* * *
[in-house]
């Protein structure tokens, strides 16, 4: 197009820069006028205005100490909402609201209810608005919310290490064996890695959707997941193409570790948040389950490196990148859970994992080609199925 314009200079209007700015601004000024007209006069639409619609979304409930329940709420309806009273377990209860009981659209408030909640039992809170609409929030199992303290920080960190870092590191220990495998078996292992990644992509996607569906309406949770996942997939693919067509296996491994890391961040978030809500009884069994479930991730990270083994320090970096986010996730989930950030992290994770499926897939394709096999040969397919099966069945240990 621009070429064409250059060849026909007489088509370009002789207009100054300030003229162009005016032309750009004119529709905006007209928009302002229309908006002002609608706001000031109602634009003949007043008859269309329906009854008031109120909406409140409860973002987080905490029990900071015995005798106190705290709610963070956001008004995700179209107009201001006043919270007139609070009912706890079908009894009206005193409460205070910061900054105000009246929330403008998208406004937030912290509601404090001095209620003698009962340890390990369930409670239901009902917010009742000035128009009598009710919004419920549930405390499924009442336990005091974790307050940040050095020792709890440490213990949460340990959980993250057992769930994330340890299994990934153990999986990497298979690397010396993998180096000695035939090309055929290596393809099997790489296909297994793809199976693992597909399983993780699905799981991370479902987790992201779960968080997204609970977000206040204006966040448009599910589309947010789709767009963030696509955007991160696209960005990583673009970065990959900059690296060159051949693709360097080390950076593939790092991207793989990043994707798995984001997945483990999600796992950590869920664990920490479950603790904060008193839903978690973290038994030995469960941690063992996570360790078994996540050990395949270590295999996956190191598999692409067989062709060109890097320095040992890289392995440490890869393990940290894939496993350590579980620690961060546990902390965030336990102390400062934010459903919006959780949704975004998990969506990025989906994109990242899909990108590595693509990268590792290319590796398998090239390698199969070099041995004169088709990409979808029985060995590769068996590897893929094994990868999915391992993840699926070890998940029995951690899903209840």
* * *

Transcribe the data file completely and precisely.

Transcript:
[in-house]
């Protein structure tokens, strides 16, 4: 197009820069006028205005100490909402609201209810608005919310290490064996890695959707997941193409570790948040389950490196990148859970994992080609199925 314009200079209007700015601004000024007209006069639409619609979304409930329940709420309806009273377990209860009981659209408030909640039992809170609409929030199992303290920080960190870092590191220990495998078996292992990644992509996607569906309406949770996942997939693919067509296996491994890391961040978030809500009884069994479930991730990270083994320090970096986010996730989930950030992290994770499926897939394709096999040969397919099966069945240990 621009070429064409250059060849026909007489088509370009002789207009100054300030003229162009005016032309750009004119529709905006007209928009302002229309908006002002609608706001000031109602634009003949007043008859269309329906009854008031109120909406409140409860973002987080905490029990900071015995005798106190705290709610963070956001008004995700179209107009201001006043919270007139609070009912706890079908009894009206005193409460205070910061900054105000009246929330403008998208406004937030912290509601404090001095209620003698009962340890390990369930409670239901009902917010009742000035128009009598009710919004419920549930405390499924009442336990005091974790307050940040050095020792709890440490213990949460340990959980993250057992769930994330340890299994990934153990999986990497298979690397010396993998180096000695035939090309055929290596393809099997790489296909297994793809199976693992597909399983993780699905799981991370479902987790992201779960968080997204609970977000206040204006966040448009599910589309947010789709767009963030696509955007991160696209960005990583673009970065990959900059690296060159051949693709360097080390950076593939790092991207793989990043994707798995984001997945483990999600796992950590869920664990920490479950603790904060008193839903978690973290038994030995469960941690063992996570360790078994996540050990395949270590295999996956190191598999692409067989062709060109890097320095040992890289392995440490890869393990940290894939496993350590579980620690961060546990902390965030336990102390400062934010459903919006959780949704975004998990969506990025989906994109990242899909990108590595693509990268590792290319590796398998090239390698199969070099041995004169088709990409979808029985060995590769068996590897893929094994990868999915391992993840699926070890998940029995951690899903209840």